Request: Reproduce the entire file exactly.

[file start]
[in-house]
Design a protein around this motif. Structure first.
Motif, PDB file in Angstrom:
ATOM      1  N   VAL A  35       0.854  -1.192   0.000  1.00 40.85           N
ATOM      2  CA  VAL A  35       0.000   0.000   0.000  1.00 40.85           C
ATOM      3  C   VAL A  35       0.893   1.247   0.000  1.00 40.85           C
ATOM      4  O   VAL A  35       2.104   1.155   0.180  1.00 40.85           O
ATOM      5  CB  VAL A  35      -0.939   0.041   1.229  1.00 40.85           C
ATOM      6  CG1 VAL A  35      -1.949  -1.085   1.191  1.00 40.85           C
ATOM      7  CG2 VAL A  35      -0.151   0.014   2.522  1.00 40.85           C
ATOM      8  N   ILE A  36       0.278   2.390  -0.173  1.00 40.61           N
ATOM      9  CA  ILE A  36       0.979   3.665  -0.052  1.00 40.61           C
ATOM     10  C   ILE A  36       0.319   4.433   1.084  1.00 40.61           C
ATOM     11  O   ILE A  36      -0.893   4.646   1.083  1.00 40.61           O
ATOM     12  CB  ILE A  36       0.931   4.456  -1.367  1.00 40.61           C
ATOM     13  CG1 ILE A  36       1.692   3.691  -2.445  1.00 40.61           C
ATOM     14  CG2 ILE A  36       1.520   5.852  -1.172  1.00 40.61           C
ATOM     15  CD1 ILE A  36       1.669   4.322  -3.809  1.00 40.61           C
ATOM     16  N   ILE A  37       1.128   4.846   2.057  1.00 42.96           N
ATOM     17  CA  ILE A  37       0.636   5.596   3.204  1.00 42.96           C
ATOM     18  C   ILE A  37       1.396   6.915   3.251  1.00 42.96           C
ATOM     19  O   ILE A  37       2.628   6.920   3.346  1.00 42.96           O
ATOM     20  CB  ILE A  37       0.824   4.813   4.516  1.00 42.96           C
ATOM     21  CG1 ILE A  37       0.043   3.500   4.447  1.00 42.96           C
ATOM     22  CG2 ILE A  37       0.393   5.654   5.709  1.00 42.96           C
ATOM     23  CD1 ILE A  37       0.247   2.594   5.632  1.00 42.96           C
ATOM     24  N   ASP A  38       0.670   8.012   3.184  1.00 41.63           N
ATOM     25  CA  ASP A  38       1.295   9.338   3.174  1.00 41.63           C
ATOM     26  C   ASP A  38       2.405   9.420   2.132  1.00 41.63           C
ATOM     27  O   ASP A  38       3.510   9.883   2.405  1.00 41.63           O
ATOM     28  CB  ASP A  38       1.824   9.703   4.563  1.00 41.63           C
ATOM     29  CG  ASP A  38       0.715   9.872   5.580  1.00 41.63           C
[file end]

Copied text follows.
[in-house]
Design a protein around this motif. Structure first.
Motif, PDB file in Angstrom:
ATOM      1  N   VAL A  35       0.854  -1.192   0.000  1.00 40.85           N
ATOM      2  CA  VAL A  35       0.000   0.000   0.000  1.00 40.85           C
ATOM      3  C   VAL A  35       0.893   1.247   0.000  1.00 40.85           C
ATOM      4  O   VAL A  35       2.104   1.155   0.180  1.00 40.85           O
ATOM      5  CB  VAL A  35      -0.939   0.041   1.229  1.00 40.85           C
ATOM      6  CG1 VAL A  35      -1.949  -1.085   1.191  1.00 40.85           C
ATOM      7  CG2 VAL A  35      -0.151   0.014   2.522  1.00 40.85           C
ATOM      8  N   ILE A  36       0.278   2.390  -0.173  1.00 40.61           N
ATOM      9  CA  ILE A  36       0.979   3.665  -0.052  1.00 40.61           C
ATOM     10  C   ILE A  36       0.319   4.433   1.084  1.00 40.61           C
ATOM     11  O   ILE A  36      -0.893   4.646   1.083  1.00 40.61           O
ATOM     12  CB  ILE A  36       0.931   4.456  -1.367  1.00 40.61           C
ATOM     13  CG1 ILE A  36       1.692   3.691  -2.445  1.00 40.61           C
ATOM     14  CG2 ILE A  36       1.520   5.852  -1.172  1.00 40.61           C
ATOM     15  CD1 ILE A  36       1.669   4.322  -3.809  1.00 40.61           C
ATOM     16  N   ILE A  37       1.128   4.846   2.057  1.00 42.96           N
ATOM     17  CA  ILE A  37       0.636   5.596   3.204  1.00 42.96           C
ATOM     18  C   ILE A  37       1.396   6.915   3.251  1.00 42.96           C
ATOM     19  O   ILE A  37       2.628   6.920   3.346  1.00 42.96           O
ATOM     20  CB  ILE A  37       0.824   4.813   4.516  1.00 42.96           C
ATOM     21  CG1 ILE A  37       0.043   3.500   4.447  1.00 42.96           C
ATOM     22  CG2 ILE A  37       0.393   5.654   5.709  1.00 42.96           C
ATOM     23  CD1 ILE A  37       0.247   2.594   5.632  1.00 42.96           C
ATOM     24  N   ASP A  38       0.670   8.012   3.184  1.00 41.63           N
ATOM     25  CA  ASP A  38       1.295   9.338   3.174  1.00 41.63           C
ATOM     26  C   ASP A  38       2.405   9.420   2.132  1.00 41.63           C
ATOM     27  O   ASP A  38       3.510   9.883   2.405  1.00 41.63           O
ATOM     28  CB  ASP A  38       1.824   9.703   4.563  1.00 41.63           C
ATOM     29  CG  ASP A  38       0.715   9.872   5.580  1.00 41.63           C